Suicide attempts are a significant cause of morbidity worldwide.2,3 Research is ongoing into best practices in suicide reattempt prevention.4–6 One meta-analysis suggests that active contact and follow-up demonstrate the clearest reduction in repeat suicide attempts at 12 months when compared to psychotherapy, pharmacology, and other methods.7 We argue that a well-planned, well-executed family meeting following a suicide attempt can prime a patient for engagement with follow-up, facilitating suicide prevention and safety planning.

Ms A’s case highlights the therapeutic benefit of a systematic approach to the post–suicide attempt family meeting. The psychiatry treatment team serves as a neutral guide, providing a safe space for authentic communication between the patient and family. A neutral and authentic setting allows patients to examine their interpersonal relationships and improve their distress tolerance before returning to possibly triggering home and community environments.8 Additionally, incorporating a patient’s loved ones in their care may bolster therapeutic alliance. Offering support to the patient and family enables the family to play an active role in patient safety and well-being.9 Furthermore, survivors of suicide have reported feelings of guilt, shame, and isolation around their attempts.10 Improved communication between patients and their families following a family meeting mitigates the risk of reattempts by fostering support, transparency, and destigmatization. Lastly, for patients with a primary care provider, this meeting can serve to reenforce which precautions and anticipatory guidance to relay to the patient’s primary care provider for further risk mitigation and continuity of care.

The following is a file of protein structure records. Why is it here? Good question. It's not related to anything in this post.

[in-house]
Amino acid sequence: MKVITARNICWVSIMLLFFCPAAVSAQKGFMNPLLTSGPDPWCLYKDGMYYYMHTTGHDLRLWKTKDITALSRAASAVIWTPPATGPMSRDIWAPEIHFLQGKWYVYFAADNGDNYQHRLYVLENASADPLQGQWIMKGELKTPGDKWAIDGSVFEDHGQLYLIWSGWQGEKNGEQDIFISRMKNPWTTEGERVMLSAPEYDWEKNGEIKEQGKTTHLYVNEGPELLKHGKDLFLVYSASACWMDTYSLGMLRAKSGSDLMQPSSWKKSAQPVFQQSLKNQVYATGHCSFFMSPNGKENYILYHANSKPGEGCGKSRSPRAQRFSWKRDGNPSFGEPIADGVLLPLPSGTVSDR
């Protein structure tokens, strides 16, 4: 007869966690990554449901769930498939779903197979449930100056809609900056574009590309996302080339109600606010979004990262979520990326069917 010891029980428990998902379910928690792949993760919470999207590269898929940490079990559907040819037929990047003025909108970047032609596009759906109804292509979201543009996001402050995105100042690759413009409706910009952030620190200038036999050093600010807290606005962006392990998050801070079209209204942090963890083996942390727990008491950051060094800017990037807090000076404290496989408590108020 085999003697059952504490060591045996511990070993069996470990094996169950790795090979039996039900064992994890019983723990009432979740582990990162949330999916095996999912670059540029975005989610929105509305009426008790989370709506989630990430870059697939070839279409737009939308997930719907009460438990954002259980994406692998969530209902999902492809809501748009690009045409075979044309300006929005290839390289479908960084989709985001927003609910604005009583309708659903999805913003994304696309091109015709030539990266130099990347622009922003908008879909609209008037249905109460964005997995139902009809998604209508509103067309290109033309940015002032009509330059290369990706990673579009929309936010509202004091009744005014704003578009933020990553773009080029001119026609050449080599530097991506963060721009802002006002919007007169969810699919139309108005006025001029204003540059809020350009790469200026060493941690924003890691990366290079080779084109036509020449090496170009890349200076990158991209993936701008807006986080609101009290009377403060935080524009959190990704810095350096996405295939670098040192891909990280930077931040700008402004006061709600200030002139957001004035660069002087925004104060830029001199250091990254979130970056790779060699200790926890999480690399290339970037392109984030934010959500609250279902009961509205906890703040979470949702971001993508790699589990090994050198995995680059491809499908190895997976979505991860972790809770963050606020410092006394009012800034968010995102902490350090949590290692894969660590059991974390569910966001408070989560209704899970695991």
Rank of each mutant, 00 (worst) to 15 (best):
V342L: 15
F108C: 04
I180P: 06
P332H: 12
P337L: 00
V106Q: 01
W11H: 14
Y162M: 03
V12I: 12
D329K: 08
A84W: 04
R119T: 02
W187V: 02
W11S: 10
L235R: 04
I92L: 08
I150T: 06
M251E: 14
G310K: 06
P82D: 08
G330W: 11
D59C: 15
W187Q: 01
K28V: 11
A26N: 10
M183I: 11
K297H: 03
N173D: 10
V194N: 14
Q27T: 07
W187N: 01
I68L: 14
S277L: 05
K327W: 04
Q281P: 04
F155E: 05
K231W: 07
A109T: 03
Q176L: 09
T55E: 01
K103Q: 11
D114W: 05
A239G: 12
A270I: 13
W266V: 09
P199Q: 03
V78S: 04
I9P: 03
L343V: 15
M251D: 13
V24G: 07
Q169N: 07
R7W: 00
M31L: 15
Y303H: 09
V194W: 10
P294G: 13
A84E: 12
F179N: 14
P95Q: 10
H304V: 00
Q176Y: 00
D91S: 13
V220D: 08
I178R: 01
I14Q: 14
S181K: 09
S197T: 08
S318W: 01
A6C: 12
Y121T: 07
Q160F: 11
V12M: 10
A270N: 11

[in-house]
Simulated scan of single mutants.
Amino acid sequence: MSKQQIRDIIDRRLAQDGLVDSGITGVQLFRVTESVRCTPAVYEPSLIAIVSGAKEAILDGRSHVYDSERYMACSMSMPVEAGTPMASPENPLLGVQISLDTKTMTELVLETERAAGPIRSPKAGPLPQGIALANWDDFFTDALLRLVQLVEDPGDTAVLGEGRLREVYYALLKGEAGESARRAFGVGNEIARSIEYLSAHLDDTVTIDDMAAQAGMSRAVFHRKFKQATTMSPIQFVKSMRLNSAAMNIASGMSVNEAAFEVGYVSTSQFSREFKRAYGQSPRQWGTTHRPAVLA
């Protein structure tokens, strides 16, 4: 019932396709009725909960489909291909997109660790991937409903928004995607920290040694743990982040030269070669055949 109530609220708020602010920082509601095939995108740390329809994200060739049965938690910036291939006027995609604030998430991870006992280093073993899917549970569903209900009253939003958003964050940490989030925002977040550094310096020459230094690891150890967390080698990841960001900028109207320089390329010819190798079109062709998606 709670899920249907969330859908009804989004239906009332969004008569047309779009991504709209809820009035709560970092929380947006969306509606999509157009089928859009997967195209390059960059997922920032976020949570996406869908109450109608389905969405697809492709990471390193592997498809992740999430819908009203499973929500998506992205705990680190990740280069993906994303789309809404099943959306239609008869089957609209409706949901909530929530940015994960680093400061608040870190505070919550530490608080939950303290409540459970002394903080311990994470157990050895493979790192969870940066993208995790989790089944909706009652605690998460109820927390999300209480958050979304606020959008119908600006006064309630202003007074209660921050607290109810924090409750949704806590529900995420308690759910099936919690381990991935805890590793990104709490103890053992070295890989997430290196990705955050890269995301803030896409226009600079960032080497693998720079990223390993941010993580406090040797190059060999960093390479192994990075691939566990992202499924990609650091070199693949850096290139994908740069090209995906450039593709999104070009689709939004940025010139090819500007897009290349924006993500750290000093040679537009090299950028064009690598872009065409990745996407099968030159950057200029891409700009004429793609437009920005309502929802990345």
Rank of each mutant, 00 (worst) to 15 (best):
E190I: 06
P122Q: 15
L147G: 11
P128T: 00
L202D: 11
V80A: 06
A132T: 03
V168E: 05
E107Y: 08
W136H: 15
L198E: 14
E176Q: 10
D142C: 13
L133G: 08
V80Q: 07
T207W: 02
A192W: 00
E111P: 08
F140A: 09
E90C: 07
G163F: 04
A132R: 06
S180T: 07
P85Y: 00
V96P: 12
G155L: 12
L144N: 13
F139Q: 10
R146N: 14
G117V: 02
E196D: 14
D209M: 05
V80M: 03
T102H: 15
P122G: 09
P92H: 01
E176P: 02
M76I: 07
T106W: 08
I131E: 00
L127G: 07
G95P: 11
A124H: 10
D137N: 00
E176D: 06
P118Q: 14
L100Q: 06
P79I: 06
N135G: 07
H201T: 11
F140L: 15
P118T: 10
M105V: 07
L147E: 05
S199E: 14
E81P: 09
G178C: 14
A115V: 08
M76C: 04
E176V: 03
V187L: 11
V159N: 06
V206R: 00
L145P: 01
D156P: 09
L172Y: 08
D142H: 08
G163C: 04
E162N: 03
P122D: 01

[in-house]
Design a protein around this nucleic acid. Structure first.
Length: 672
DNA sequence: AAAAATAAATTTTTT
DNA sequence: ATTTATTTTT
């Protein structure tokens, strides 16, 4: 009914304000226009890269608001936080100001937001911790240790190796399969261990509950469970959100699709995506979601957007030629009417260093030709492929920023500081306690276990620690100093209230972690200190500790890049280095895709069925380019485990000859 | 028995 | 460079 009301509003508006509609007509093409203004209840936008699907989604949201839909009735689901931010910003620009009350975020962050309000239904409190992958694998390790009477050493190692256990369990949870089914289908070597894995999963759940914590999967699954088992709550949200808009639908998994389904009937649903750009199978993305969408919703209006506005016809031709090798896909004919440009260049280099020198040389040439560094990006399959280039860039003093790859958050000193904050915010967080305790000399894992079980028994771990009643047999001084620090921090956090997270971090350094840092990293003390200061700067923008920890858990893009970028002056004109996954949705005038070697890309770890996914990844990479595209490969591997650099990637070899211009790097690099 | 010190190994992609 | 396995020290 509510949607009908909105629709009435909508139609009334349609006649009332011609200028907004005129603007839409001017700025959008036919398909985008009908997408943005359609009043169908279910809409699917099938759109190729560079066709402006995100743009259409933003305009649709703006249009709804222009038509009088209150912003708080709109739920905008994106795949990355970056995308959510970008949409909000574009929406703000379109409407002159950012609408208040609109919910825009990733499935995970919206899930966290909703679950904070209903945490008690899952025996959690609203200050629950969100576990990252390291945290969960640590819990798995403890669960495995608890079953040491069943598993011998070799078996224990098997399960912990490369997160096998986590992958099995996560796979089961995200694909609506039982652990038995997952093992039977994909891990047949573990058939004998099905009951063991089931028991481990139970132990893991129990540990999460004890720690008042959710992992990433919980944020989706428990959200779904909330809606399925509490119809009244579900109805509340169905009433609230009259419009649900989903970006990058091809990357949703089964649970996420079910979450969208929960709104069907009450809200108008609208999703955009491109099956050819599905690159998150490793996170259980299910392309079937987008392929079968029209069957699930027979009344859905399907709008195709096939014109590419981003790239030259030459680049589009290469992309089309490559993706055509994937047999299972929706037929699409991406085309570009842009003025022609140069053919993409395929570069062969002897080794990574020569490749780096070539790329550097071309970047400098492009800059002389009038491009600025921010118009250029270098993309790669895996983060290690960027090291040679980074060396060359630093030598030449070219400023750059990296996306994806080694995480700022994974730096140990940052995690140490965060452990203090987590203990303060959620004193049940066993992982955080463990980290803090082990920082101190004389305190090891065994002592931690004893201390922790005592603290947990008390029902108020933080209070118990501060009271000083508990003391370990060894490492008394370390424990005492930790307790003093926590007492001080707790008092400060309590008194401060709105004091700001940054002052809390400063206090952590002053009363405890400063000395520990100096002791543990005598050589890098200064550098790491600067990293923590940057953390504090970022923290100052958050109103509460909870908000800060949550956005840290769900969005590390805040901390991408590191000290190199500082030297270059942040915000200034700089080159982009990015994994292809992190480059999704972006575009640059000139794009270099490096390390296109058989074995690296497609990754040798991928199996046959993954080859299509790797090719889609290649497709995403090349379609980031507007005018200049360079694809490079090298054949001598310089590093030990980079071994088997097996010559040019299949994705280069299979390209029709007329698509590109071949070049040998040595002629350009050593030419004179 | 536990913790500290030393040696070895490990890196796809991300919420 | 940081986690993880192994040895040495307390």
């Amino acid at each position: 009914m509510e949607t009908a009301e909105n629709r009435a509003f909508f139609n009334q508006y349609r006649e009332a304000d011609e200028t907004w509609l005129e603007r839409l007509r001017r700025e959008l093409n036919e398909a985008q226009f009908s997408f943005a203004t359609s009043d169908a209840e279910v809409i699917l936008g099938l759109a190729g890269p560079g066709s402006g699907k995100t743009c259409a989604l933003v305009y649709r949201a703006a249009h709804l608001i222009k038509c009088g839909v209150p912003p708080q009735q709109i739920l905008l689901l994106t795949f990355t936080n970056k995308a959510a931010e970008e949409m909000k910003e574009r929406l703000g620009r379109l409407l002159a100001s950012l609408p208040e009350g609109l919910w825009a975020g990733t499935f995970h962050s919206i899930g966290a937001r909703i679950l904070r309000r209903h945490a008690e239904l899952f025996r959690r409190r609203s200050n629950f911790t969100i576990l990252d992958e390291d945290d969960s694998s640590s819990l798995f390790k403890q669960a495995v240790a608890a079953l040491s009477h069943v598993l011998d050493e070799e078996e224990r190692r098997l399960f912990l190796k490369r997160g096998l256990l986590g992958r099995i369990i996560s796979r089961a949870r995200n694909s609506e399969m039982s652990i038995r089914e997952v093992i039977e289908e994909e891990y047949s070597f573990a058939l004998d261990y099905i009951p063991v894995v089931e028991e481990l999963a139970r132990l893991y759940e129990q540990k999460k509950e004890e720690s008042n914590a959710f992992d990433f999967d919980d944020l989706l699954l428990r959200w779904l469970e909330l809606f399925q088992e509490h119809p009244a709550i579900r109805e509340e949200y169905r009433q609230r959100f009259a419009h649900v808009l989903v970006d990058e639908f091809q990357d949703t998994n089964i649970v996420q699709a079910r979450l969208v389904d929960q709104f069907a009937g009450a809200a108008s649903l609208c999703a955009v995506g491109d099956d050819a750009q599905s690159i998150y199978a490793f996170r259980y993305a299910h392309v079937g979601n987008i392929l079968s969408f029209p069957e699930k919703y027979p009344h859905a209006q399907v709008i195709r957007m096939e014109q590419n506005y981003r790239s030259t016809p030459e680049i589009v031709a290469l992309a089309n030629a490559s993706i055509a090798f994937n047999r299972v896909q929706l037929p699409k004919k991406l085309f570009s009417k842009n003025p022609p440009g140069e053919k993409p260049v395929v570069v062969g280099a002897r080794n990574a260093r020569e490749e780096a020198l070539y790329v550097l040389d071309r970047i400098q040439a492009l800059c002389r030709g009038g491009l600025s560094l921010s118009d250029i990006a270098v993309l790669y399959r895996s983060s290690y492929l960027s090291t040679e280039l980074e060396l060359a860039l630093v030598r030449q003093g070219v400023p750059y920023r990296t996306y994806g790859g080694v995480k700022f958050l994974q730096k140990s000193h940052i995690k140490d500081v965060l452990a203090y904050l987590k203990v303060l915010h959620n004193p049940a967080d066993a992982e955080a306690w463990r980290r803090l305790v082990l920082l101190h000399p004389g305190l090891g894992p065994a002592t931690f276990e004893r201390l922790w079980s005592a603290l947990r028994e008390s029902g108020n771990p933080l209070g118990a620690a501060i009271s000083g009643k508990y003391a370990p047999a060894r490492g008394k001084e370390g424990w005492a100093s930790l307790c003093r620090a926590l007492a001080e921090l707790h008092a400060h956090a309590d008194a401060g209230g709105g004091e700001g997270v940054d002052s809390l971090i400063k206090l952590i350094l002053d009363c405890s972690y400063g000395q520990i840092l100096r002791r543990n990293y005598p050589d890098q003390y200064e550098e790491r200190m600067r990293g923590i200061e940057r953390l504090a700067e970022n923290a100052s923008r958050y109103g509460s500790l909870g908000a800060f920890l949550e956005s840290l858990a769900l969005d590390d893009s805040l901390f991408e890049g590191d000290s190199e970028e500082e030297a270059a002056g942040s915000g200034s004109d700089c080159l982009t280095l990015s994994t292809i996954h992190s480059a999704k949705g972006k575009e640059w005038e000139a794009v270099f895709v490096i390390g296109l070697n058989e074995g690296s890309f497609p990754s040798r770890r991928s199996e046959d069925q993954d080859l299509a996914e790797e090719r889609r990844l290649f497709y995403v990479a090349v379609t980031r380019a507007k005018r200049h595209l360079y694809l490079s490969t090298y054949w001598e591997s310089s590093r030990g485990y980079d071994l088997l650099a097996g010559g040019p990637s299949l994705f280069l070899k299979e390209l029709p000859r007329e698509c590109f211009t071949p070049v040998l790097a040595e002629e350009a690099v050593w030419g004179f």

Following a suicide attempt, a family meeting facilitated by a psychiatry treatment team represents a unique opportunity for processing of a family trauma and prevention of suicide reattempt. The family meeting framework described here aims to promote mutual understanding between patients and their families, to improve help-seeking behavior, and to restore hope following a suicide attempt.

Article Information

Published Online: December 19, 2023.
© 2023 Physicians Postgraduate Press, Inc.
Prim Care Companion CNS Disord 2023;25(6):23cr03565
Submitted: May 17, 2023; accepted August 22, 2023.
To Cite: Panzer KV, Kavoussi AM, Penzner JB. A therapeutic framework for post–suicide attempt family meetings. Prim Care Companion CNS Disord. 2023;25(6):23cr03565.
Author Affiliations: Department of Psychiatry and Neurobehavioral Sciences, University of Virginia School of Medicine, Charlottesville, Virginia (Panzer); Department of Psychiatry and Behavioral Sciences, Duke University School of Medicine, Durham, North Carolina (Kavoussi, Penzner).
Corresponding Author: Julie B. Penzner, MD, Duke Regional Hospital, Behavioral Health Building-Residency Program, 3643 N Roxboro St, Durham, NC 27704 (
Relevant Financial Relationships: None.
Funding/Support: None.
Previous presentations: Presented as a poster at American Psychiatric Association’s 2023 Annual Meeting; May 21, 2023; San Francisco, California.
Patient Consent: Consent was received from the patient to publish the case report, and information has been de-identified to protect anonymity.
ORCID: Kira Panzer:

Volume: 25